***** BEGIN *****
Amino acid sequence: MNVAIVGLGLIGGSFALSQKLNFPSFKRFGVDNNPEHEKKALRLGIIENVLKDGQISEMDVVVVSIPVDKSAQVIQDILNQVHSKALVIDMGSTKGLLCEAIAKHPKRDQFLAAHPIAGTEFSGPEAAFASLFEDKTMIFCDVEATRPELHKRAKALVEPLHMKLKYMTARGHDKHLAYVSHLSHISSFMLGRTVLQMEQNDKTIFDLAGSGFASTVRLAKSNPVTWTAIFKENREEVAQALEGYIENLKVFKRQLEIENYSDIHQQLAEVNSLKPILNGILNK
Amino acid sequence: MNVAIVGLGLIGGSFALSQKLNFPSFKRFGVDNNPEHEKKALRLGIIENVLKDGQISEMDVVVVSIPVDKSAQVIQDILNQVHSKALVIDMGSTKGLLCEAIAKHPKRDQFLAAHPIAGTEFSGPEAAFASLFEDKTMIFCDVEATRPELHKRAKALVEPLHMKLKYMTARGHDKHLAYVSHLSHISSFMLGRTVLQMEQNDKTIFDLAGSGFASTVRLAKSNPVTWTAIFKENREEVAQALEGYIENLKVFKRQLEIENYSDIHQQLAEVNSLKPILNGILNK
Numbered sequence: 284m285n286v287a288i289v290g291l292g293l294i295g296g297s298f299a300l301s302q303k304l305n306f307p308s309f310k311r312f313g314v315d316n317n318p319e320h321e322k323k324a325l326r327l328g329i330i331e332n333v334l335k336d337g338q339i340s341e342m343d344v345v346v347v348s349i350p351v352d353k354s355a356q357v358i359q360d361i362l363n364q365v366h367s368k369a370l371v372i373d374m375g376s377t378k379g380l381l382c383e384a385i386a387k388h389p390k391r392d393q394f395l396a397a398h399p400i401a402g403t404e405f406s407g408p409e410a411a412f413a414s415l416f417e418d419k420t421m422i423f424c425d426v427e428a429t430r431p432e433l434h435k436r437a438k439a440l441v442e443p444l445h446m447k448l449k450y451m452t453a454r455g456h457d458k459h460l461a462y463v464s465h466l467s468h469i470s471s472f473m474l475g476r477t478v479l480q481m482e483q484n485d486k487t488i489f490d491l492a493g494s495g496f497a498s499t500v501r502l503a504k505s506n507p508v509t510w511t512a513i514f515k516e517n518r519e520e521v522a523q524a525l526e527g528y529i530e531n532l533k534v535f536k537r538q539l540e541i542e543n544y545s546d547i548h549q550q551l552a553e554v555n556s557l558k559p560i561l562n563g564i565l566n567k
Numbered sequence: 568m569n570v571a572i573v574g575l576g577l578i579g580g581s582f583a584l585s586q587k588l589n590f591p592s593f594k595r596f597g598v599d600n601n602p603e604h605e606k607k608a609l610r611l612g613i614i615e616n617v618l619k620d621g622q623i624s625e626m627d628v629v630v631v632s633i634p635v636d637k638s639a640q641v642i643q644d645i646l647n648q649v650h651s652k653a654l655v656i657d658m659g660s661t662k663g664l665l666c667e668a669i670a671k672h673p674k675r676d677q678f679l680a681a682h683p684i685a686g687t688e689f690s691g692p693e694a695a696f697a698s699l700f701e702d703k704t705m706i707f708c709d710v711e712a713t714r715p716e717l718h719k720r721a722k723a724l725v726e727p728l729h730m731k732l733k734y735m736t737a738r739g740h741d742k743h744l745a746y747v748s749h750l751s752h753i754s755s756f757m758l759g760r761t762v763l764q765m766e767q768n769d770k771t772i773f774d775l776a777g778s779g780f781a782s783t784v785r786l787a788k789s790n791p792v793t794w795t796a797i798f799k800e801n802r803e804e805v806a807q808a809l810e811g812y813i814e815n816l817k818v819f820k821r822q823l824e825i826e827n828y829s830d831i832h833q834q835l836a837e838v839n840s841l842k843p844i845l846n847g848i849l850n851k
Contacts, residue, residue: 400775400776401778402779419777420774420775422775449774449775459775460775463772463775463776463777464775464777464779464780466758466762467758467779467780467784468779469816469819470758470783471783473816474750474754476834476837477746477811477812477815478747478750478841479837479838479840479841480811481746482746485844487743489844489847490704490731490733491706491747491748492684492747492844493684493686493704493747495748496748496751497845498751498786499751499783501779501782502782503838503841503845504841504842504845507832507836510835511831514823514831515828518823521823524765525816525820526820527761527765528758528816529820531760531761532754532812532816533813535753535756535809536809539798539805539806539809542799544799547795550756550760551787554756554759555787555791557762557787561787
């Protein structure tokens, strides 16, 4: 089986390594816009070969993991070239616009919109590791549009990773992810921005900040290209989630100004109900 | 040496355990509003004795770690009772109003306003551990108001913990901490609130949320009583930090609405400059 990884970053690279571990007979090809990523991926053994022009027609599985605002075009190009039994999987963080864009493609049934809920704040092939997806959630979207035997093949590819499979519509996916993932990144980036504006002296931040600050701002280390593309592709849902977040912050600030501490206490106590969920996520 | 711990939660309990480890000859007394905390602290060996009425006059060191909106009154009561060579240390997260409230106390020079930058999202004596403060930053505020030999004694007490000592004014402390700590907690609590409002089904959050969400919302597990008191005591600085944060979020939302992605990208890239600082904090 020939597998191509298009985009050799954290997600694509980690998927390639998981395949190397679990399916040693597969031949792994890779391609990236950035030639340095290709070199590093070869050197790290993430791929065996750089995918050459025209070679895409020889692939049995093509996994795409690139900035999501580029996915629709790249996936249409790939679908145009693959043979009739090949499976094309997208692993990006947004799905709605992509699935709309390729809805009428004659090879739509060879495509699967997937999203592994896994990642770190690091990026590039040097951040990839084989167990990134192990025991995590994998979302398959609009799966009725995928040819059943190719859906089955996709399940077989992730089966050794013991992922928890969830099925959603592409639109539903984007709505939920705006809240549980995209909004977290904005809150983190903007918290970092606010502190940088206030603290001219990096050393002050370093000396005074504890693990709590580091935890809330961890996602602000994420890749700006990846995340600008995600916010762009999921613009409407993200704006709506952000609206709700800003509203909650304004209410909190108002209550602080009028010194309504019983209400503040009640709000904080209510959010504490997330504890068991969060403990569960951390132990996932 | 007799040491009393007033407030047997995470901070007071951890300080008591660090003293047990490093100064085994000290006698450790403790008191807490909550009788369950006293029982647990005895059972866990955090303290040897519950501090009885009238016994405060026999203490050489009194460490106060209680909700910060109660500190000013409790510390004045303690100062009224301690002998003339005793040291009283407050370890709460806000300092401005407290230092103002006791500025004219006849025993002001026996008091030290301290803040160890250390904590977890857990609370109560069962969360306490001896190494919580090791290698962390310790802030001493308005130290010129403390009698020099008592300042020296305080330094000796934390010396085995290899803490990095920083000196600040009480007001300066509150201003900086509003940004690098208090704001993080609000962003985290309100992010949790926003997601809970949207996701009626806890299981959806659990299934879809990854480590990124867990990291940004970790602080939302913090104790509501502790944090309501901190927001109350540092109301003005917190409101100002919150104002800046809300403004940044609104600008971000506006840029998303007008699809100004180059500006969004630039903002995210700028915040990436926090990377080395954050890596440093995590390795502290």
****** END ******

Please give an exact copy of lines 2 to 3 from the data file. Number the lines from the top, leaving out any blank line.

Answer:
Amino acid sequence: MNVAIVGLGLIGGSFALSQKLNFPSFKRFGVDNNPEHEKKALRLGIIENVLKDGQISEMDVVVVSIPVDKSAQVIQDILNQVHSKALVIDMGSTKGLLCEAIAKHPKRDQFLAAHPIAGTEFSGPEAAFASLFEDKTMIFCDVEATRPELHKRAKALVEPLHMKLKYMTARGHDKHLAYVSHLSHISSFMLGRTVLQMEQNDKTIFDLAGSGFASTVRLAKSNPVTWTAIFKENREEVAQALEGYIENLKVFKRQLEIENYSDIHQQLAEVNSLKPILNGILNK
Numbered sequence: 284m285n286v287a288i289v290g291l292g293l294i295g296g297s298f299a300l301s302q303k304l305n306f307p308s309f310k311r312f313g314v315d316n317n318p319e320h321e322k323k324a325l326r327l328g329i330i331e332n333v334l335k336d337g338q339i340s341e342m343d344v345v346v347v348s349i350p351v352d353k354s355a356q357v358i359q360d361i362l363n364q365v366h367s368k369a370l371v372i373d374m375g376s377t378k379g380l381l382c383e384a385i386a387k388h389p390k391r392d393q394f395l396a397a398h399p400i401a402g403t404e405f406s407g408p409e410a411a412f413a414s415l416f417e418d419k420t421m422i423f424c425d426v427e428a429t430r431p432e433l434h435k436r437a438k439a440l441v442e443p444l445h446m447k448l449k450y451m452t453a454r455g456h457d458k459h460l461a462y463v464s465h466l467s468h469i470s471s472f473m474l475g476r477t478v479l480q481m482e483q484n485d486k487t488i489f490d491l492a493g494s495g496f497a498s499t500v501r502l503a504k505s506n507p508v509t510w511t512a513i514f515k516e517n518r519e520e521v522a523q524a525l526e527g528y529i530e531n532l533k534v535f536k537r538q539l540e541i542e543n544y545s546d547i548h549q550q551l552a553e554v555n556s557l558k559p560i561l562n563g564i565l566n567k